In the distributed cyber security ecosystem, are leaders losing control over phishing threats?

More than 50% of IT decision makers state that phishing attacks represent a top security concern. Weaknesses in security policies, processes and infrastructure enable phishing threats to reach end users, along with ineffectual trainings intended to instill cyber security awareness in employees.

Organizations have attempted to address these issues for a long time. How else can leaders shift their focus or target their efforts in order to reduce the phishing threat risk?

In this article, discover insights that can strengthen your organization’s ability to identify security gaps, and that can help you reposition existing resources to better address the complex realities surrounding phishing threats.

Phishing attack statistics

  1. Roughly 15 billion spam emails make their way across the internet everyday, which means that spam filters are “working overtime” and are liable to permit malicious phishing attack emails to slip through.
  2. In 2021, 83% of organizations reported experiencing phishing attacks. In 2022, an additional six billion attacks are expected to occur.
  3. Last year, roughly 214,345 unique phishing websites were identified, and the number of recent phishing attacks has doubled since early 2020.
  4. Thirty-percent of phishing emails are opened. This increases the probability of an individual unintentionally clicking on a malicious link or downloading a compelling-looking document that’s laced with malware.
  5. Forty-two percent of workers self-reported having taken a dangerous action (clicked on an unknown link, downloaded a file, or exposed personal data) while online, failing to follow phishing prevention best practices.
  6. One in 99 emails is a phishing attack. If a ~1% attack rate doesn’t scare you, the fact that 25% of these emails manage to make their way into Office 365 inboxes just might. Office 365 represents one of the most commonly used email clients, with 60 million commercial users, and 50,000 small business customers worldwide.
  7. Roughly 90% of data breaches occur on account of phishing. According to the US Federal Bureau of Investigation, phishing attacks may increase by as much as 400% year-over-year.
  8. Roughly 65% of cyber attackers have leveraged spear phishing emails as a primary attack vector.
  9. When asked about the impact of successful phishing attacks, 60% of security leaders stated that their organization lost data, 52% experienced credential compromise, and 47% of organizations contended with ransomware.
  10. When it comes to phishing attack remediation, IBM’s 2021 Cost of a Data Breach Report found phishing to be the second most expensive attack vector to contend with, costing organizations an average of $4.65 million.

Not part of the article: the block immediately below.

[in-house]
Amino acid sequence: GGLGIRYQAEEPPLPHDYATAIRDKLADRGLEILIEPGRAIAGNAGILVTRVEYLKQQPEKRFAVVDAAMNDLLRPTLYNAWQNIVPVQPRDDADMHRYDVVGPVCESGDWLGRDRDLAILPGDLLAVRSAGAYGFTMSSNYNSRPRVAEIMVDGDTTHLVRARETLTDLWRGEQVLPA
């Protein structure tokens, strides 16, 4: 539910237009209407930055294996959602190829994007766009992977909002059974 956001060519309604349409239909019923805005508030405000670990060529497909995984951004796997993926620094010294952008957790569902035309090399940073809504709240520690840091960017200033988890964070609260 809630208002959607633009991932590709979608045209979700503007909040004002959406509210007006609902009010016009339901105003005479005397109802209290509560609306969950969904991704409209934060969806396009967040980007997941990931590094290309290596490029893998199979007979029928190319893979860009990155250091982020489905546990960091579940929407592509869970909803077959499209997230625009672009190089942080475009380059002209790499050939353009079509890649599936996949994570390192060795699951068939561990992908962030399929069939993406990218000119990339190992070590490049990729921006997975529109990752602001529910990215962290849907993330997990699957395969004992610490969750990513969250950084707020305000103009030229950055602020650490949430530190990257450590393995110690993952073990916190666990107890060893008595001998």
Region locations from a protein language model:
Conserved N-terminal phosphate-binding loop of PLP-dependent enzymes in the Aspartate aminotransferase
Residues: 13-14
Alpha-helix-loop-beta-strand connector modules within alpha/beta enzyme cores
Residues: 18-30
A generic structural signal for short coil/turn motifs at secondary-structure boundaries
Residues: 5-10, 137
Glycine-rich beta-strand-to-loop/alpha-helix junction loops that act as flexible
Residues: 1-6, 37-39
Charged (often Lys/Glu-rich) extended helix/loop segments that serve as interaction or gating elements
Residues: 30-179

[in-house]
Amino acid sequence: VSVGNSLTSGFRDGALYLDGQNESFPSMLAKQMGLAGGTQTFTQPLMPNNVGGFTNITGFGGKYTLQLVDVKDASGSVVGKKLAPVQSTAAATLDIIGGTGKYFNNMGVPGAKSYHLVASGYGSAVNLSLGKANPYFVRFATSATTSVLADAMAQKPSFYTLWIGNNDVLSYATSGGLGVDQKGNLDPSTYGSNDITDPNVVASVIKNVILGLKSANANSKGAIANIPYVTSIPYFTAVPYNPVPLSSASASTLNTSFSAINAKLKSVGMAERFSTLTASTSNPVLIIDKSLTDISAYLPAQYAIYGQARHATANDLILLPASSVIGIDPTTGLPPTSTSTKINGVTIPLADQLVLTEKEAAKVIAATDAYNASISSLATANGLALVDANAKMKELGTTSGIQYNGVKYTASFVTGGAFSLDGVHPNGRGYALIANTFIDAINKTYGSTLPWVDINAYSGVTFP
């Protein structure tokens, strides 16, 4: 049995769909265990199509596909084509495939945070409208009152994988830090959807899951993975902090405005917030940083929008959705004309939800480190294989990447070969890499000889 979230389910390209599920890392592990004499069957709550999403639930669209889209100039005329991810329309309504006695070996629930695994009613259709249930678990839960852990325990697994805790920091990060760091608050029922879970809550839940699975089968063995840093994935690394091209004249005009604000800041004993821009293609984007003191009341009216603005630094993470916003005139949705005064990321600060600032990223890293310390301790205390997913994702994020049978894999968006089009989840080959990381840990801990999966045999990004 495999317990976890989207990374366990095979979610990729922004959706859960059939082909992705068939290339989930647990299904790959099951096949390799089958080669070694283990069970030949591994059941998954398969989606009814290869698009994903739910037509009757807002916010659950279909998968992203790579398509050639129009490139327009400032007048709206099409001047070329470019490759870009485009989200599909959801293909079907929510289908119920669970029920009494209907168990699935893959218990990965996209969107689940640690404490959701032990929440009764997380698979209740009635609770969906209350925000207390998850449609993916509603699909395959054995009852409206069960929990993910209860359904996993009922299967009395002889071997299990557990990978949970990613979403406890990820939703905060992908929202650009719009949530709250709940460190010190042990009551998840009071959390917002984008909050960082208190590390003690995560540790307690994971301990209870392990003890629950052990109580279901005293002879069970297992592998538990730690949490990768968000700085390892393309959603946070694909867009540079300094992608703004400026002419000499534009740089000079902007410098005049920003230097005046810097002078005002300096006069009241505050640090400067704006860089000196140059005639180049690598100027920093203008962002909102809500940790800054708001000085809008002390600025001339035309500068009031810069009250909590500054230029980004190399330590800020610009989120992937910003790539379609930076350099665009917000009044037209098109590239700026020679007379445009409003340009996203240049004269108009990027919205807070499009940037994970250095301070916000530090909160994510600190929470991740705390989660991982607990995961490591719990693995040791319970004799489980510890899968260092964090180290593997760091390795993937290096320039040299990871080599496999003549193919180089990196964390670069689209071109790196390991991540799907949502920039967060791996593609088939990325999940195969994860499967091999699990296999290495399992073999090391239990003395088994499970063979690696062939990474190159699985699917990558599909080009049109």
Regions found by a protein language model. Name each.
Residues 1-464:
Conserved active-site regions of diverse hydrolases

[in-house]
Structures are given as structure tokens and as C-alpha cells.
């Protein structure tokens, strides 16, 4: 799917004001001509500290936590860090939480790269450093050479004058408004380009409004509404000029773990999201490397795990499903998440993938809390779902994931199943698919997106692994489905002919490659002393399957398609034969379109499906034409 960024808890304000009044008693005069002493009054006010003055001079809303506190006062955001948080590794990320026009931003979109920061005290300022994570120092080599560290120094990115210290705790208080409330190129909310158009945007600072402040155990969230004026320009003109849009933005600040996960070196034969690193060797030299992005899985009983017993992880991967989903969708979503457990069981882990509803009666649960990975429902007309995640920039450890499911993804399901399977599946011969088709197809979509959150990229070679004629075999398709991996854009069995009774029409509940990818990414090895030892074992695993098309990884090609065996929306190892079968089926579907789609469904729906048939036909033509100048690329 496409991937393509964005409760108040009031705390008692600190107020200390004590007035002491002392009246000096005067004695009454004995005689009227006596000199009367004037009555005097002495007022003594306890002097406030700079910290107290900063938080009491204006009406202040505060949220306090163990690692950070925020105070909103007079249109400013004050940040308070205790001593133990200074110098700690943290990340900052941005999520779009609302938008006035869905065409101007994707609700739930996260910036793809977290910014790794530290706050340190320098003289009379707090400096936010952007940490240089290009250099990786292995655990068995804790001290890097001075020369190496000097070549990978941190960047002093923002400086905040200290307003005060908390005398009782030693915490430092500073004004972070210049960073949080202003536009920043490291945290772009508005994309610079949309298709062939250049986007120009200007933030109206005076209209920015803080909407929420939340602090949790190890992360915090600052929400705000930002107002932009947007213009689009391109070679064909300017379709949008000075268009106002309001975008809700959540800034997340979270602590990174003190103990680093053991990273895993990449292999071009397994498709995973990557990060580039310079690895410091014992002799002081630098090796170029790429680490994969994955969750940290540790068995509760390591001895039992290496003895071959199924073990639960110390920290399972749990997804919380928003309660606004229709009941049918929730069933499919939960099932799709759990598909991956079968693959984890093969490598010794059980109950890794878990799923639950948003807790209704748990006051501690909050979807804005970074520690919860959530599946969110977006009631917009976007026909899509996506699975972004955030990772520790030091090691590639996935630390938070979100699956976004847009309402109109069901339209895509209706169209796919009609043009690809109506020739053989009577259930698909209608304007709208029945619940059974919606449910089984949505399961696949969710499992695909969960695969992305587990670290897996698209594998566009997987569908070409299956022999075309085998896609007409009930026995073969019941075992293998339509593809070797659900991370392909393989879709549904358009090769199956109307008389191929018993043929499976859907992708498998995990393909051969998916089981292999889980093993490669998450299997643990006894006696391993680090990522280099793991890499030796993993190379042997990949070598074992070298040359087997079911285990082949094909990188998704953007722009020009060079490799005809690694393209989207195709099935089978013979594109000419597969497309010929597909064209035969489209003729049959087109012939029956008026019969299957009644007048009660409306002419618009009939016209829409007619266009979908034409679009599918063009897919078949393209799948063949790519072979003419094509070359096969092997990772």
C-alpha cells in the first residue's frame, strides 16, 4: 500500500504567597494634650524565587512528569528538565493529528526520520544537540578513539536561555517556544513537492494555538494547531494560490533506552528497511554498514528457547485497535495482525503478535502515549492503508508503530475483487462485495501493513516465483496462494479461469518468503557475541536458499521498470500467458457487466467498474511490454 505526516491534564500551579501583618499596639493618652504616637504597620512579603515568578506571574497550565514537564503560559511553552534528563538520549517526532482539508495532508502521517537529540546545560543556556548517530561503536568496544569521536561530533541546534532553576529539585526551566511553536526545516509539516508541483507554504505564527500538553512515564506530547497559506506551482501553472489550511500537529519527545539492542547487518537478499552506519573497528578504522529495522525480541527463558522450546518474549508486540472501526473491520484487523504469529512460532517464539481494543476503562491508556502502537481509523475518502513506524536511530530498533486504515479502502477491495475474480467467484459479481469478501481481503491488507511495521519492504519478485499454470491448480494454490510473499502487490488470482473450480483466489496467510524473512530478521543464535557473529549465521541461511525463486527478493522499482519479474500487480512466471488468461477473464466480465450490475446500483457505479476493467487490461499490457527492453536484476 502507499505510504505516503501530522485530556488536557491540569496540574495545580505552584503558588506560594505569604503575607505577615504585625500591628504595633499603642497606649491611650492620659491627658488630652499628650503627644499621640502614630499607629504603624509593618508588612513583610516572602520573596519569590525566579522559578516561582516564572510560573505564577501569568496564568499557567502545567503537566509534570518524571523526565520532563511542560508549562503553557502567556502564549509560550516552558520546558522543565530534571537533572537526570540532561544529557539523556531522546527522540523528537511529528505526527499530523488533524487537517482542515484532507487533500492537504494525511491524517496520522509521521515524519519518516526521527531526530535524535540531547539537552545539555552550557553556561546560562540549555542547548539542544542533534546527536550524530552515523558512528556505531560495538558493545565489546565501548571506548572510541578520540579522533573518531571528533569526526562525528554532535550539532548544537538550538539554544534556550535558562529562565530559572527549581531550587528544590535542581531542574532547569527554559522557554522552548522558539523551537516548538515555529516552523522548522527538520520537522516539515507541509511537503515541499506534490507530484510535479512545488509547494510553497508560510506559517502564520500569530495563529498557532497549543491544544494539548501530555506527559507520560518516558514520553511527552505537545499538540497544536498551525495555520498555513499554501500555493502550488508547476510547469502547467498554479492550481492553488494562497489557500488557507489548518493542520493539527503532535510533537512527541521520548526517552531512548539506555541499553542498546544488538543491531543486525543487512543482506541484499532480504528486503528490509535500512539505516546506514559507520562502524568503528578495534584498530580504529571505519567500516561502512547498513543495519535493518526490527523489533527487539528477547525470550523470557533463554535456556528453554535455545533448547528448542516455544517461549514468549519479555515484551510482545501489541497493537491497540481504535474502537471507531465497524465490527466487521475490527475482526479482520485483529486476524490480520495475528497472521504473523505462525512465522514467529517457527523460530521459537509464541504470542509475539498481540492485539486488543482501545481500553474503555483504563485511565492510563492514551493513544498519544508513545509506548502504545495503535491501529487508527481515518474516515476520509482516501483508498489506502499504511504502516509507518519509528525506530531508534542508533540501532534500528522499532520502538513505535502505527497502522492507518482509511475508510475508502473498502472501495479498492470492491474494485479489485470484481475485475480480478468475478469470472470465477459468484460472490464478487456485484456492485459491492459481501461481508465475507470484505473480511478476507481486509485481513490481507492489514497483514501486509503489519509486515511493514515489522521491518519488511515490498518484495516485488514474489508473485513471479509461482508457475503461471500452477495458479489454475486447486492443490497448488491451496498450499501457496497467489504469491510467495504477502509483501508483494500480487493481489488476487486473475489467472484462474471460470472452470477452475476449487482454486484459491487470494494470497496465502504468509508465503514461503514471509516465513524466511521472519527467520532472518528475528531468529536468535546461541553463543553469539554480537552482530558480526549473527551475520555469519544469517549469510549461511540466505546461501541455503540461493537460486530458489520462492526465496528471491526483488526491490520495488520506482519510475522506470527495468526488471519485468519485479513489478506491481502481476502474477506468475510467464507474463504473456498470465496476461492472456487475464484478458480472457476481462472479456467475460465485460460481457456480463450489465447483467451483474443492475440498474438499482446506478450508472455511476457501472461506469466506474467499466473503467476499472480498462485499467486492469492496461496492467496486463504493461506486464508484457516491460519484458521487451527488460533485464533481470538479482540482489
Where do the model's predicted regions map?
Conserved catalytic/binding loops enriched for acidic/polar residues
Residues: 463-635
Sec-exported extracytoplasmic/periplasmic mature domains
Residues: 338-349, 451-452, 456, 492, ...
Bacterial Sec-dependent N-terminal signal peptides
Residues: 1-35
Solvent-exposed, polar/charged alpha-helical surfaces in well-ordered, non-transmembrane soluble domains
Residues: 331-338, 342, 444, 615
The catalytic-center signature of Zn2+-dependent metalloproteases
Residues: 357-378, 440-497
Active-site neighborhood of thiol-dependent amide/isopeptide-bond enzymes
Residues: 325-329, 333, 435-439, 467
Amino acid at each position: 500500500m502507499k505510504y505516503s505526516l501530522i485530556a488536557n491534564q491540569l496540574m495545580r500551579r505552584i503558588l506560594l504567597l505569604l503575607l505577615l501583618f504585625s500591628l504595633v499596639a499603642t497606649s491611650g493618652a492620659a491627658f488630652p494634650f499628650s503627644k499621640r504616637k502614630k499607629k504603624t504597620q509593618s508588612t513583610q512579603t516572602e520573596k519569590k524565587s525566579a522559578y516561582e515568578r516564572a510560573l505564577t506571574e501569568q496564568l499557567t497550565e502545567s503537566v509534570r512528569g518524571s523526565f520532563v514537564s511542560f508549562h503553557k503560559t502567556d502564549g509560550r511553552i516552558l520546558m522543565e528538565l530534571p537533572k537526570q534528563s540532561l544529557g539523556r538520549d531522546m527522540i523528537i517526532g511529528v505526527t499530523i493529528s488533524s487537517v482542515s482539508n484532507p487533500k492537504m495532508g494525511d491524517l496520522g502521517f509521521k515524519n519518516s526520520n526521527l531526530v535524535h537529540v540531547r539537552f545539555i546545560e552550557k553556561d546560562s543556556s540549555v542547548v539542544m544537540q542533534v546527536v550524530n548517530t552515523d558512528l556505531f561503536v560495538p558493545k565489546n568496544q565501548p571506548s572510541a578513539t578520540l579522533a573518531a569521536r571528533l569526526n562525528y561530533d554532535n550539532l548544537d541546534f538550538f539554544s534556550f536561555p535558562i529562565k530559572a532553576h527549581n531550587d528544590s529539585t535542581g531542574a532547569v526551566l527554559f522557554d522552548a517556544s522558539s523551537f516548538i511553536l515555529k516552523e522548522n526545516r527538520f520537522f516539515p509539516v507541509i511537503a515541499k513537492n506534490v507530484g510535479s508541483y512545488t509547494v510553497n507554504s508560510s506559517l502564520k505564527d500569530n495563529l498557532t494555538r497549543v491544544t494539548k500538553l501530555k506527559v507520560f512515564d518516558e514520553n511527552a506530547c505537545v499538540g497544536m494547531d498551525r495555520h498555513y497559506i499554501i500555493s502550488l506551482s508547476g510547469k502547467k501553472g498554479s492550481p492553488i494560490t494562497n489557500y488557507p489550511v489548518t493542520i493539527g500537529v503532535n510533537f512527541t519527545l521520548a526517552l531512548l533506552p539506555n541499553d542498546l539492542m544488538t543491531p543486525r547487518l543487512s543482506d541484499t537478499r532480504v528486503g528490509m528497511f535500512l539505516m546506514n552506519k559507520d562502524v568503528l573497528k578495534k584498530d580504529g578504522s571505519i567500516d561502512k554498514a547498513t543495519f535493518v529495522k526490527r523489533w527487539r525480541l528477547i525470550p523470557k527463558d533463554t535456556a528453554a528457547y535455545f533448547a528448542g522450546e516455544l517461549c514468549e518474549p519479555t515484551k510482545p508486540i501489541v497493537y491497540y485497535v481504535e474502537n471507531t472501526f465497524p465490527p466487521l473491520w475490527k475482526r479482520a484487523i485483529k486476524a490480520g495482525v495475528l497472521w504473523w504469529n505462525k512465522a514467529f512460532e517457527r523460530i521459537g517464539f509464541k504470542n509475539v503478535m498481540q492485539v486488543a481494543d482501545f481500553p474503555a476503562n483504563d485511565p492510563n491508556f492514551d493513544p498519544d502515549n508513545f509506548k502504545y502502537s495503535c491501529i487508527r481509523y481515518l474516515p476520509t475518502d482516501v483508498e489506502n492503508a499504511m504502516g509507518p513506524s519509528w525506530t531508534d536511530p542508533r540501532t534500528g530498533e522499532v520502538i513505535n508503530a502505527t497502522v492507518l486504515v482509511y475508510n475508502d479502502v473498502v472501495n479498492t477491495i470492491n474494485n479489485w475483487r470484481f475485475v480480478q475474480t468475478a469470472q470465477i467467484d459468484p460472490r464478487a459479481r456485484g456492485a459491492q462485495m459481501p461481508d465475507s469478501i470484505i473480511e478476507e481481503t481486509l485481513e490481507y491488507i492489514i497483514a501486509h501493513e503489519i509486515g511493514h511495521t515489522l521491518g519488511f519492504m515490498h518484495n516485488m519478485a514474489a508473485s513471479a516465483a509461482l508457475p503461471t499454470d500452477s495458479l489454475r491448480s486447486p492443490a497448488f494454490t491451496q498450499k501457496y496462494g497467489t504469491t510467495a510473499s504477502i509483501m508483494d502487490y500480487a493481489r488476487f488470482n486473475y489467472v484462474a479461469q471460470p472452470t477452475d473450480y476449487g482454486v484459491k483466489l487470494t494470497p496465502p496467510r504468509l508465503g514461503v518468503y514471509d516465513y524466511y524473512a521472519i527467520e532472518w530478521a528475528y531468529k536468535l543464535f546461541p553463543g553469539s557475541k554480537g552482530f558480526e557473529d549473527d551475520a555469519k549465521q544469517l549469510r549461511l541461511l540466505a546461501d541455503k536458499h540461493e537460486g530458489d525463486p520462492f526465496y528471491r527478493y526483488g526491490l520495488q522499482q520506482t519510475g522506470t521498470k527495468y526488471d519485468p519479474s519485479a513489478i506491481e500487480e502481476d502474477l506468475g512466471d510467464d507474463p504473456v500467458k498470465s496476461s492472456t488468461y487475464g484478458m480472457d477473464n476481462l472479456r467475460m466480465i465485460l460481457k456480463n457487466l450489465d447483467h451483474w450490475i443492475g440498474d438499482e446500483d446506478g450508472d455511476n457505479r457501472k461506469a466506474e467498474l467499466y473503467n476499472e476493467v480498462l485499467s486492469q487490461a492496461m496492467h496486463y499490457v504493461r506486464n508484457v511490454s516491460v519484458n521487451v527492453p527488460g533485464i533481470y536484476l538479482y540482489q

11. In more eye-opening phishing attack statistics, although 93% of organizations measure the cost of phishing attacks in some way, only 60% of such organizations offer formal cyber security education to their users.
  12. In relation to phishing, the most heavily targeted sectors have historically included financial institutions, social media enterprises, SaaS/webmail services, and retail vendors.
  13. Starting in 2016, cyber attackers staged malware and conducted spear phishing attacks in order to gain remote access into the US energy sector’s systems. After gaining access, nation-state threat actors managed to move laterally and to collect information pertaining to Industrial Control Systems.
  14. According to the Swiss Cyber Institute, LinkedIn phishing messages represent 47% of all social media phishing attempts.
  15. Eighty-four percent of US-based organizations state that security awareness training has lowered phishing failure rates.

Closing thoughts

Phishing emails are more pervasive than ever before and threat actors are growing increasingly ruthless. Numerous methodologies for phishing prevention exist. Many organizations could do more to prevent phishing and to reduce associated costs. What else can your company do?

Whether it’s providing education around social media phishing, applying stronger endpoint solutions that can detect malicious behavior across device types, reducing text-message phishing, or testing out a new zero-trust strategy, your organization can build on existing approaches in order to create a more secure and phishing-free future.

For additional phishing attack statistics, please see CyberTalk.org’s past phishing threat coverage. Lastly, to receive cutting-edge cyber security news, insights, best practices and analyses in your inbox each week, sign up for the CyberTalk.org newsletter.